The sound of Allen chatting quietly in our bathroom last Sunday morning alerted me to the visit of a cassowary. While this may seem odd, he doesn’t usually talk to himself and he has a particular tone he uses when talking to cassowaries.
I was astonished to see the size of this bird standing just a few metres away on the lawn – definitely a different, older bird compared to our most recent visiting cassowary. As we stepped outside to take some photos she walked towards us, so we stood still and continued talking quietly. She emphasized her size by stretching upwards and gave a short rumble before moving away slightly to look around.
She is a mature bird but not very old judging by the size of the casque. We believe that the size of her feet identifies her as female. We wondered if she may have chased off the younger cassowary but later in the afternoon the younger cassowary appeared again. Our domestic chooks who had been pecking around in front of the verandah suddenly took off in fright as the younger cassowary strolled past on the lawn.
The next morning, washing dishes and occasionally casting my gaze around outside I thought perhaps all the action was over for the moment but a few minutes later the younger of the two birds approached the other side of the house. As I greeted it with ‘there you are…’ it briefly stepped onto the verandah, then turned to check a wind chime for edibility before walking off downhill.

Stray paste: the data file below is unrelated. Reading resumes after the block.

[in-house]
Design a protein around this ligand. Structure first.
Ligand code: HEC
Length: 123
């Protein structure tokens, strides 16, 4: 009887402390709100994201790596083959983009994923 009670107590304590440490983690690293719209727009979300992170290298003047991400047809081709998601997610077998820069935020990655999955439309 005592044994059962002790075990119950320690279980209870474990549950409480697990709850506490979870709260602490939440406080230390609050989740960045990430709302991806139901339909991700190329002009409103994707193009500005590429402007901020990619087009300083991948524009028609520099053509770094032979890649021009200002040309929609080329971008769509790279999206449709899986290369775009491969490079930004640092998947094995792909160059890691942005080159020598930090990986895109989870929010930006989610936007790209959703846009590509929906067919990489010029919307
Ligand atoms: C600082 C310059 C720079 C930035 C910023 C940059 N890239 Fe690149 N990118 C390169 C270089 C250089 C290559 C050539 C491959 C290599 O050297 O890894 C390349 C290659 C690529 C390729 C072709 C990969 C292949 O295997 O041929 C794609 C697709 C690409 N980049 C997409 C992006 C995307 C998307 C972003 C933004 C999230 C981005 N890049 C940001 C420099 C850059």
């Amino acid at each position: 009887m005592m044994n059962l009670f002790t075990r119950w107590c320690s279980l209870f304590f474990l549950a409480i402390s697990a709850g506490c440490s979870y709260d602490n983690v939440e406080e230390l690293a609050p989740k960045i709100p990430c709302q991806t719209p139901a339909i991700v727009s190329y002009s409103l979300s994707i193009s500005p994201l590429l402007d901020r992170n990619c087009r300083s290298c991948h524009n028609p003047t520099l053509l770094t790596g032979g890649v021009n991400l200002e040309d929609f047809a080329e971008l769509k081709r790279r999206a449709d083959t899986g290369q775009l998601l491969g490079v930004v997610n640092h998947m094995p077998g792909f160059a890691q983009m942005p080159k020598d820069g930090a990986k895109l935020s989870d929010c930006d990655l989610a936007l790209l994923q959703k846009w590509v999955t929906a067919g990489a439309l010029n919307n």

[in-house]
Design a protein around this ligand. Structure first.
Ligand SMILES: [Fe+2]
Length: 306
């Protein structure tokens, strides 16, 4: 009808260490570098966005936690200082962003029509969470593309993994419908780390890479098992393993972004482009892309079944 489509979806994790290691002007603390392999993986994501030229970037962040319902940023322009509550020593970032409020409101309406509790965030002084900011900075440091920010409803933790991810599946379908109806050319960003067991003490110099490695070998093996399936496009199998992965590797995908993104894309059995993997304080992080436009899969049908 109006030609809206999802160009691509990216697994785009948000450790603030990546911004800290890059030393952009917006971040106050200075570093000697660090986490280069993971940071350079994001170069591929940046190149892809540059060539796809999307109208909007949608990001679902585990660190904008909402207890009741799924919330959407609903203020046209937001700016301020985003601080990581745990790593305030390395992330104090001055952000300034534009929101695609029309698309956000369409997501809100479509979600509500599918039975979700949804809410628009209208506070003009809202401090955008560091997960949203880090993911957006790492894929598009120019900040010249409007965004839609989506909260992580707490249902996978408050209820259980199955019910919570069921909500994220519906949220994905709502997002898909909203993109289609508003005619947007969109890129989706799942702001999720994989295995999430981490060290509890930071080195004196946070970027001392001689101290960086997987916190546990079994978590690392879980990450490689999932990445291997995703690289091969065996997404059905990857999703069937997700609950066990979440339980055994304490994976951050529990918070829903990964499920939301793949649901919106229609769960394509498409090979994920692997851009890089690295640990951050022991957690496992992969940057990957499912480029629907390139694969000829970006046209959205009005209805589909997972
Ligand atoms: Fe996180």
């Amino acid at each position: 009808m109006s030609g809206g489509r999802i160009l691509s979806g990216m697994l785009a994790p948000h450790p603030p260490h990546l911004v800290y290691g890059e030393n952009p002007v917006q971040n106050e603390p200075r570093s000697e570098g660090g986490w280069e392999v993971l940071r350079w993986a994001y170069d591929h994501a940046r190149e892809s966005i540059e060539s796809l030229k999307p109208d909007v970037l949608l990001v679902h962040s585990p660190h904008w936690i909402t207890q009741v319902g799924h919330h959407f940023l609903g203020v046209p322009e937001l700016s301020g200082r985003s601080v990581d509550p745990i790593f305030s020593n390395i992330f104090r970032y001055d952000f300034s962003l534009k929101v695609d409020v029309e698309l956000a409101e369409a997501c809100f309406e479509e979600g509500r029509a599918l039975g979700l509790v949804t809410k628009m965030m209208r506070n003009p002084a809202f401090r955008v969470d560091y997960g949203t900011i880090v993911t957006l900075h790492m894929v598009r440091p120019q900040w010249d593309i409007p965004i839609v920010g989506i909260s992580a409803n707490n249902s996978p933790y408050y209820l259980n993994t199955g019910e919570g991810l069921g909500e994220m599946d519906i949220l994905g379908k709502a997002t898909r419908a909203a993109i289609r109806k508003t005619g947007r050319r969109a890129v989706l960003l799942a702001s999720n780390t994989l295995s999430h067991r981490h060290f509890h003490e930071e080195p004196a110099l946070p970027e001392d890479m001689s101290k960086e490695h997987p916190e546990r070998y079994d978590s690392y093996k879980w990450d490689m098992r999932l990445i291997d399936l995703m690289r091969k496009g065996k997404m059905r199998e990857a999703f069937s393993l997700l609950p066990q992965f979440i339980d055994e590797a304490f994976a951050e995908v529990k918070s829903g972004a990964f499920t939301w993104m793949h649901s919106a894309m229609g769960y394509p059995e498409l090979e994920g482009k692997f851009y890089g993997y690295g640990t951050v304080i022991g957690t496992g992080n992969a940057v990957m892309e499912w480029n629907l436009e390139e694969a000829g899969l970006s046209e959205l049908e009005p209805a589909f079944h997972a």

The next day we left early for Cairns leaving the chooks locked up in their secure pen with extra greens for the day, as Allen thought the python sunning near the outdoor enclosure was a little close for comfort.
Probably the same python which caused a night-time disturbance recently. I was in our outside shower when one of the chooks started screaming so grabbing my glasses and some sandals I took off after Allen who had sensibly grabbed a torch. We both expected to find a chook being strangled by a python. There was a python but it was on the floor of the shed with a mouthful of feathers and a furious Layla (our blue egger) standing next to it still screaming and giving it an occasional peck! Allen opened the door and ‘encouraged’ the snake to leave but it took quite some effort to persuade it to move on. The snake had made a hole in some rusty wire which was repaired by Allen the following day.
Anyway…….. back to cassowaries. Daily sightings of at least one bird continued for the week. We’ve been pondering what fruit is attracting them. A couple of weeks ago Allen identified Ficus hispida in a scat but in recent days we have noticed both birds have very muddy legs and feet. As the Nauclea orientalis (Leichhardt trees) are fruiting we think both birds have been in the swampy areas. This theory is also supported by the tracks they are using.
On Friday afternoon Allen walked down to the bird hide just to check out the pond scene. All fairly quiet but he did spy the young cassowary on the bund wall and with a ‘oh there you are’ he took a few photos. Hearing footsteps a few minutes later he opened the door of the hide thinking I had come to join him but it was the young cassowary standing half-way down the stone steps just wanting to see what was happening.
What a wonderful week it has been, with so many special moments worth recording. We have constant reminders that we form only a very small part of the big picture and we need to do our best to fit in.